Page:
Oxford University researchers found maintaining friendships requires more brain power. Their study concluded that people with real friends have to use more cognitive skills to understand what someone else thought。
Scientists discovered a link between the number of friends people had and the size of their orbital prefrontal cortex, which is a region of the brain found just above the eyes。
The conclusions, published in the journal Proceedings of the Royal Society B, shows for the first time that competency in social skills is determined by the size of peoples' brains。 英国《皇家学会生物学分会学报》刊登了这一结果，这一研究也是首次指出社交技能是由人们的大脑大小所决定的。
"We found that individuals who had more friends did better on mentalising tasks and had more neural volume in the orbital frontal cortex, the part of the forebrain immediately above the eyes," said Prof Robin Dunbar, who led the study。
"Understanding this link between an individual's brain size and the number of friends they have helps us understand the mechanisms that have led to humans developing bigger brains than other primate species."
"The frontal lobes of the brain, in particular, have enlarged dramatically in humans over the last half million years."He added: "Of course, the amount of spare time for socialising, geography, personality and gender all influence friendship size, but we also know that at least some of these factors, notably gender, also correlate with mentalising skills."
"脑部的前额叶部分，特别是在过去的50年里有着显著增大。" 他还补充道："当然，参与社交活动的闲暇时间、地域、个性和性别都影响朋友数量，但我们也知道，其中有部分因素， 尤其是性别，与心智化能力相互影响。"
"Our study finds there is a link between the ability to read how other people think and social network size."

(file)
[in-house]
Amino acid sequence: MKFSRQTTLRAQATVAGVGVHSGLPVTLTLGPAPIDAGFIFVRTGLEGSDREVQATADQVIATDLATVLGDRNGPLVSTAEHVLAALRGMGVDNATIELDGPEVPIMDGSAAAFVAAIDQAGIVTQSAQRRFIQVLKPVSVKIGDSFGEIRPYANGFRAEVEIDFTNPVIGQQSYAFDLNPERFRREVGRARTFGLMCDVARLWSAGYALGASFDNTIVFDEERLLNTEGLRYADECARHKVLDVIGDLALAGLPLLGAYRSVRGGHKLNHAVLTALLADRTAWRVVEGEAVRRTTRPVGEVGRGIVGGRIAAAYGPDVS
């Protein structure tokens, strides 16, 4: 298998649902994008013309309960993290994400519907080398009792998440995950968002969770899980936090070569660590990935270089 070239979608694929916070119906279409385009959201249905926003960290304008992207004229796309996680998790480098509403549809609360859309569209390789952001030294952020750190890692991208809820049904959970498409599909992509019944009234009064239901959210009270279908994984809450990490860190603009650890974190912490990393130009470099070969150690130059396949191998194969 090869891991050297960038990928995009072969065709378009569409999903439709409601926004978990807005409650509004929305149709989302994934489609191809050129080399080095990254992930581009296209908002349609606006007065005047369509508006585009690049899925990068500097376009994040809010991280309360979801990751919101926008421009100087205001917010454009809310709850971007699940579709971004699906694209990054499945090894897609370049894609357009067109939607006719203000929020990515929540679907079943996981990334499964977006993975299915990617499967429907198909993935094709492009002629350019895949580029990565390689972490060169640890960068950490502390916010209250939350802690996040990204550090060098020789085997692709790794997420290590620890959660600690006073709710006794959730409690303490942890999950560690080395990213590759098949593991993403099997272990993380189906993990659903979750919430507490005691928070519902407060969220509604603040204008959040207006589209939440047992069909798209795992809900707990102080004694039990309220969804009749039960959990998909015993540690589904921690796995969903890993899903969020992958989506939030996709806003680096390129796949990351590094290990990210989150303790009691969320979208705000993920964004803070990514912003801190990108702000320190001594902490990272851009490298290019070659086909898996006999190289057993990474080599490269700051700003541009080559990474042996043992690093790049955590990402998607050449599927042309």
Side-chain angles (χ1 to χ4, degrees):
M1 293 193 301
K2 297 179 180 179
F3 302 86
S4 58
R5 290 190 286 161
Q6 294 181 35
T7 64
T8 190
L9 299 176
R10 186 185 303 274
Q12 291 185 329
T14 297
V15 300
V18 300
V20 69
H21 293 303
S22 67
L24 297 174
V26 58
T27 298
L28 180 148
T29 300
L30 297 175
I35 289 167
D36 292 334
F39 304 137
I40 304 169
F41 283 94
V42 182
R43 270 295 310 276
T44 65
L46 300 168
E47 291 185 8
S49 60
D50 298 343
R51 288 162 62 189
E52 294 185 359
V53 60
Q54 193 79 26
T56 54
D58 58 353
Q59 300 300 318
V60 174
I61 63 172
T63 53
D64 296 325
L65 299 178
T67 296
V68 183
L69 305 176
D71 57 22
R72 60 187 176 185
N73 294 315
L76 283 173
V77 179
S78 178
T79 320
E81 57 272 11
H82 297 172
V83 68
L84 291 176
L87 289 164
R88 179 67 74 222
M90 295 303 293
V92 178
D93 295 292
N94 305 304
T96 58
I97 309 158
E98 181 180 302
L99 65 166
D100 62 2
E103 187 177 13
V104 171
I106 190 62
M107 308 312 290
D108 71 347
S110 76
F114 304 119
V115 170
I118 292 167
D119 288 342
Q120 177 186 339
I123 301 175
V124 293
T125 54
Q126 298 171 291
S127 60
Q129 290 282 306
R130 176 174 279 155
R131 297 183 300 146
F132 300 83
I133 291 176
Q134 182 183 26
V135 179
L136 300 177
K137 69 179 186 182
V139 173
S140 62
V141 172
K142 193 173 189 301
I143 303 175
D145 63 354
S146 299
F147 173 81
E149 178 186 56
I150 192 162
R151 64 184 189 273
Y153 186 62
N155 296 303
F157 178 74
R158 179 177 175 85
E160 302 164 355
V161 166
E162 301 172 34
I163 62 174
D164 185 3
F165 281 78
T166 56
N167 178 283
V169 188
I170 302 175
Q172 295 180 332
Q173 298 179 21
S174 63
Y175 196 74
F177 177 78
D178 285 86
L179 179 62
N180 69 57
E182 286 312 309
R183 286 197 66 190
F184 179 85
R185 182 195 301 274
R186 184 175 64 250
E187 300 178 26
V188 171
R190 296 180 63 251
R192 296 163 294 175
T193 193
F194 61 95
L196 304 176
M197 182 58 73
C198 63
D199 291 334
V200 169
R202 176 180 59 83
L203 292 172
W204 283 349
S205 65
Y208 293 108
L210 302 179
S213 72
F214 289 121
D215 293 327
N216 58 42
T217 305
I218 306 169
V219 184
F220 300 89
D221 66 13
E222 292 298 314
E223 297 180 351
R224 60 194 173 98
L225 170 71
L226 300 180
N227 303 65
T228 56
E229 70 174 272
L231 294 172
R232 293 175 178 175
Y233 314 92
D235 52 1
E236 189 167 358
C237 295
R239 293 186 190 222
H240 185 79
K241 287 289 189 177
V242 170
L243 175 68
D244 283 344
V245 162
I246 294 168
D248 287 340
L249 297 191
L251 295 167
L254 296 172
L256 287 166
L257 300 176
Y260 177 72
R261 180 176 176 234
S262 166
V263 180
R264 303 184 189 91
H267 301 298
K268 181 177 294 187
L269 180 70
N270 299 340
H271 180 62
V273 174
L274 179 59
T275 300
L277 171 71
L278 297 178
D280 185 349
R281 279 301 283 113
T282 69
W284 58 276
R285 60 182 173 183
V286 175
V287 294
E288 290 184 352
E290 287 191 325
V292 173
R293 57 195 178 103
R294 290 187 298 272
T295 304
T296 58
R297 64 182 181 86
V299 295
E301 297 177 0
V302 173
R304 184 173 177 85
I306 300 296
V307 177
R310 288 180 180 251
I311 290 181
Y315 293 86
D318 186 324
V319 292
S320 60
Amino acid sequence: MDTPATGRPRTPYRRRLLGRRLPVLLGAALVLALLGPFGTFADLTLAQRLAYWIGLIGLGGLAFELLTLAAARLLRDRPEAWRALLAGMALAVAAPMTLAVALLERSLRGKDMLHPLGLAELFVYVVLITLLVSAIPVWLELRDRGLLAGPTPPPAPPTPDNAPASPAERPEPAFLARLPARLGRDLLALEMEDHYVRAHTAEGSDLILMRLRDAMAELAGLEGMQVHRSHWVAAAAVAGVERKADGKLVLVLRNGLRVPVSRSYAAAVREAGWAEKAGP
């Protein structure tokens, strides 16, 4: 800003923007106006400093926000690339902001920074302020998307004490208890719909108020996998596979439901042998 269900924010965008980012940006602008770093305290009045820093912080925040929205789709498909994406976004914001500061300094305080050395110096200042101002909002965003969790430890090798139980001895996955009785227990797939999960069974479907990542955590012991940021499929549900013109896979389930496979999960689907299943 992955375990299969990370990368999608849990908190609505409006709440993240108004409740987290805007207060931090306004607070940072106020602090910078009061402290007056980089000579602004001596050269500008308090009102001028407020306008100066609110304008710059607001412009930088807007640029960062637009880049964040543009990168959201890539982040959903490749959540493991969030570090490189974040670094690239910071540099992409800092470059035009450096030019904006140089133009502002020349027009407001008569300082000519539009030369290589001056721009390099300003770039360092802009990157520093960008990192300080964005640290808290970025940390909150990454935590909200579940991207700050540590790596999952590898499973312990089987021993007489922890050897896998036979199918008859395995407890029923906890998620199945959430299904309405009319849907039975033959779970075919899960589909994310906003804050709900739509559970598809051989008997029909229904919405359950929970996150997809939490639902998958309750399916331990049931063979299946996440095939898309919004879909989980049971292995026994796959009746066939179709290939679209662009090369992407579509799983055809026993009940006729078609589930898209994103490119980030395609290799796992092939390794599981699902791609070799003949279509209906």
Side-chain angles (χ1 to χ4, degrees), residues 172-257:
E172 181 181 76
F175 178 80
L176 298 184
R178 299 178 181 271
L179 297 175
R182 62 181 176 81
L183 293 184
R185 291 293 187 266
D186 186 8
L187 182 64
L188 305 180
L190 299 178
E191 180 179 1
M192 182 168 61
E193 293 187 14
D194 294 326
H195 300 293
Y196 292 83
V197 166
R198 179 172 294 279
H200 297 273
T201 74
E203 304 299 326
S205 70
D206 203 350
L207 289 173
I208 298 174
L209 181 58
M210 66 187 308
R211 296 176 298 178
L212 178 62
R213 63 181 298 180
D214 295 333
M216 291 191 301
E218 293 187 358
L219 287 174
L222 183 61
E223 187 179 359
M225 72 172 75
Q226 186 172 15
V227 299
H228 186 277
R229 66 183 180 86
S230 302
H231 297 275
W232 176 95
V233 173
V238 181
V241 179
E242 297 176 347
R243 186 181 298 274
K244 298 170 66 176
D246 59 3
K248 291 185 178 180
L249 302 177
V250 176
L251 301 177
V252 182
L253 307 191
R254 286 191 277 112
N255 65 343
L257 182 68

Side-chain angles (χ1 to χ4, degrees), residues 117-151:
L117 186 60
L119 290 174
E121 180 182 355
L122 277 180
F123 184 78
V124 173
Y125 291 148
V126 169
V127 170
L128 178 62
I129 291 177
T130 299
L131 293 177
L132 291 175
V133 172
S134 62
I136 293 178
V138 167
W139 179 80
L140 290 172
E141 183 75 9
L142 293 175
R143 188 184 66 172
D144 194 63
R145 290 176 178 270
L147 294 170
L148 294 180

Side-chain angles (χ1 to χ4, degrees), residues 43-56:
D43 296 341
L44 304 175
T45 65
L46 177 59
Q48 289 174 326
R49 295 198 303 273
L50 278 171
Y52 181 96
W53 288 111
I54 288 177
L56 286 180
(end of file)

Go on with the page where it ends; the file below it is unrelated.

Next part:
Tests were conducted on 40 people, with scientists taking anatomical Mr images of their brains to measure the size of their prefrontal cortex, which is used for high-level thinking. They were all volunteer postgraduate students of "broadly similar ages with potentially similar opportunities for social activities"。
Participants were asked to make a list of people they had social – rather than professional – contact with over a seven day period. They also took a test to determine how competent they were at 'mentalising', which is the capacity to understand what another person is thinking, a crucial aspect in how people handle the social world。
Dr Joanne Powell, from the University of Liverpool, added: "Perhaps the most important finding of our study is that we have been able to show that the relationship between brain size and social network size is mediated by mentalising skills. What this tells us is that the size of your brain determines your social skills, and it is these that allow you have many friends."